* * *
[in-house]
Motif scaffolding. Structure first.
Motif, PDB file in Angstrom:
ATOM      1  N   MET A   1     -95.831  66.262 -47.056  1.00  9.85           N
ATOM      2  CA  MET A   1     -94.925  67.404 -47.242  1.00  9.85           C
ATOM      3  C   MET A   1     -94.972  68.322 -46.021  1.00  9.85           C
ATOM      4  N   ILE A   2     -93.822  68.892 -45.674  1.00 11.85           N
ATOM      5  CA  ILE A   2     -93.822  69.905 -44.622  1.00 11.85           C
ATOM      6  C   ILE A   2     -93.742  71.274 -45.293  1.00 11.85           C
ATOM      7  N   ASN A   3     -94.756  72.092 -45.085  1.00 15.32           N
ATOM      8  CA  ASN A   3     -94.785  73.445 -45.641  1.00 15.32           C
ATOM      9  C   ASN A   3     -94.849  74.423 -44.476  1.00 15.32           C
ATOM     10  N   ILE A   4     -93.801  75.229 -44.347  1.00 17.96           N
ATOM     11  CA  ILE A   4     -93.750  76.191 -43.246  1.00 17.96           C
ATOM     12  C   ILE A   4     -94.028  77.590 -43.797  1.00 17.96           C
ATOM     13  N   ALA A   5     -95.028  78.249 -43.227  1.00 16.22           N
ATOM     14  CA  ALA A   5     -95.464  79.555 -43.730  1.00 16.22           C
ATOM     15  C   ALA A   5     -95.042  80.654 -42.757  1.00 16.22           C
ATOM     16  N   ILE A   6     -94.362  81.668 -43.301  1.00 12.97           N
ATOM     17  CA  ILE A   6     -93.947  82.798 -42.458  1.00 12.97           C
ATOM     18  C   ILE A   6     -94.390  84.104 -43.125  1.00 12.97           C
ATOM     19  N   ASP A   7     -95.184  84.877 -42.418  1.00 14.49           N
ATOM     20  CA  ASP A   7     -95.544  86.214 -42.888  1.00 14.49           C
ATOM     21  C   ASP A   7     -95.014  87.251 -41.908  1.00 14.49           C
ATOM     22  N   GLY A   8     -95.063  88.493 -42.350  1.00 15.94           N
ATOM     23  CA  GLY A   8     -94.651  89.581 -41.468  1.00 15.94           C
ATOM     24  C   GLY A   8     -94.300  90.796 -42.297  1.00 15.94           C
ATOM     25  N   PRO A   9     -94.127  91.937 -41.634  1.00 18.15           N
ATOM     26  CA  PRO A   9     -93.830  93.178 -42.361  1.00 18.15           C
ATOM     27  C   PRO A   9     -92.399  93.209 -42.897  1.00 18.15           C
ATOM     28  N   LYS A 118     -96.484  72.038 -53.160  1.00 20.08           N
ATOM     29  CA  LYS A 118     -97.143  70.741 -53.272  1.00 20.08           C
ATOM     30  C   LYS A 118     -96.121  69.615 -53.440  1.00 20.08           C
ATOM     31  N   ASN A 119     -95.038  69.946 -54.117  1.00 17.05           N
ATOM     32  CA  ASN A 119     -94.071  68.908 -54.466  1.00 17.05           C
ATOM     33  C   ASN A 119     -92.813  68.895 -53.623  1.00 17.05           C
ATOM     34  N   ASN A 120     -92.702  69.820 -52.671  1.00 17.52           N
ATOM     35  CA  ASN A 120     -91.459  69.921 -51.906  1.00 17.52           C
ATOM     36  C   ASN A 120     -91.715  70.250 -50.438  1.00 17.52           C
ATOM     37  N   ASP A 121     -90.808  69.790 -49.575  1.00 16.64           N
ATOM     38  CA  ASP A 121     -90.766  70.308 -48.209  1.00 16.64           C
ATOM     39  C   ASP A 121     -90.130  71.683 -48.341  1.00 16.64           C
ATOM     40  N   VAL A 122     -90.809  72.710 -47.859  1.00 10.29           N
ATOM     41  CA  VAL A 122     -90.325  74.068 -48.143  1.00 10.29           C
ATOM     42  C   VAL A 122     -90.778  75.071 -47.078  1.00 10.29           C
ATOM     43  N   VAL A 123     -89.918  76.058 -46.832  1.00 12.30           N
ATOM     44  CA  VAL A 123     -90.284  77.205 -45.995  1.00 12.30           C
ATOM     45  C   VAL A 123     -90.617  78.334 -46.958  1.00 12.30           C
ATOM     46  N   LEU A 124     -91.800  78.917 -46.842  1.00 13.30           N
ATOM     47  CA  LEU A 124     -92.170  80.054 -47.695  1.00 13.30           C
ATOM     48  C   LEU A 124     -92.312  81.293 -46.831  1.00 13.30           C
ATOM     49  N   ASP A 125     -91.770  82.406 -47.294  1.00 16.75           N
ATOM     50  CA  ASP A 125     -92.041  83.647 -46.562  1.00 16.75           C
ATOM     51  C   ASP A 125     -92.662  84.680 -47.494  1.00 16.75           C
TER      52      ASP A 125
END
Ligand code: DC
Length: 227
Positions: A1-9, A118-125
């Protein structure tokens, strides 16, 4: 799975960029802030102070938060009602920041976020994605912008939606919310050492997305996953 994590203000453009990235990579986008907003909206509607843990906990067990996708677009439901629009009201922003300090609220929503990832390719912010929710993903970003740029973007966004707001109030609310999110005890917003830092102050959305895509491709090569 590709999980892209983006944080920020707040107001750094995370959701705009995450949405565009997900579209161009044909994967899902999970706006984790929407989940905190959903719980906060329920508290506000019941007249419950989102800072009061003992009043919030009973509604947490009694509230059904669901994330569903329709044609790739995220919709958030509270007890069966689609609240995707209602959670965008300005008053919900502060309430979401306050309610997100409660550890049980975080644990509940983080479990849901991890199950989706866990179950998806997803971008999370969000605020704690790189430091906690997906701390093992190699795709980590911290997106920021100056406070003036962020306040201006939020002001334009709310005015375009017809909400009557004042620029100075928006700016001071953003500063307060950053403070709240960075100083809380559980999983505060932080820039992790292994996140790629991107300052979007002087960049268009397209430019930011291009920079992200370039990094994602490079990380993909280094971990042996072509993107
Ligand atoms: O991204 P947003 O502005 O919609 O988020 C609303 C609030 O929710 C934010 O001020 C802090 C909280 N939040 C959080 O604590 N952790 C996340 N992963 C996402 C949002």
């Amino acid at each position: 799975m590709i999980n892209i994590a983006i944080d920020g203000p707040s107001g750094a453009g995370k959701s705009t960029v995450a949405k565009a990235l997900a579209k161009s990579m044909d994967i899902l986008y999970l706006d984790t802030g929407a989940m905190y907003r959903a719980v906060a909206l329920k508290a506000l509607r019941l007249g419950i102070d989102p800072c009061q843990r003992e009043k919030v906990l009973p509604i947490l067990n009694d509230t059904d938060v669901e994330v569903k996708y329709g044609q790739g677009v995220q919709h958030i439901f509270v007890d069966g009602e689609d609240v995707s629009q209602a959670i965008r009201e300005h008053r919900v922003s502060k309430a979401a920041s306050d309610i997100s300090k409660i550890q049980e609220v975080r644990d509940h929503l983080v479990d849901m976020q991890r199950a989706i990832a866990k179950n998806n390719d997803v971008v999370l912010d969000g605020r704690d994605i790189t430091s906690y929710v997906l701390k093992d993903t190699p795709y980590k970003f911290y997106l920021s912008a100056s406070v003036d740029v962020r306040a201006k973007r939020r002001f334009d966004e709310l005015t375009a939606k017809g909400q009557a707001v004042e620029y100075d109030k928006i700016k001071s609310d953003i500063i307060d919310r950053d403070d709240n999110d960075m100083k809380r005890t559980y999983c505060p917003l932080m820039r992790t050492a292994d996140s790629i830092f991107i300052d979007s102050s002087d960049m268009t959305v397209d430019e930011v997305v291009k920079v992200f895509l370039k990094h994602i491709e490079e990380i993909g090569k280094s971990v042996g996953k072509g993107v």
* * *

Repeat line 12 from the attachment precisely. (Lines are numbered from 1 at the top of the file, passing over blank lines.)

ATOM      9  C   ASN A   3     -94.849  74.423 -44.476  1.00 15.32           C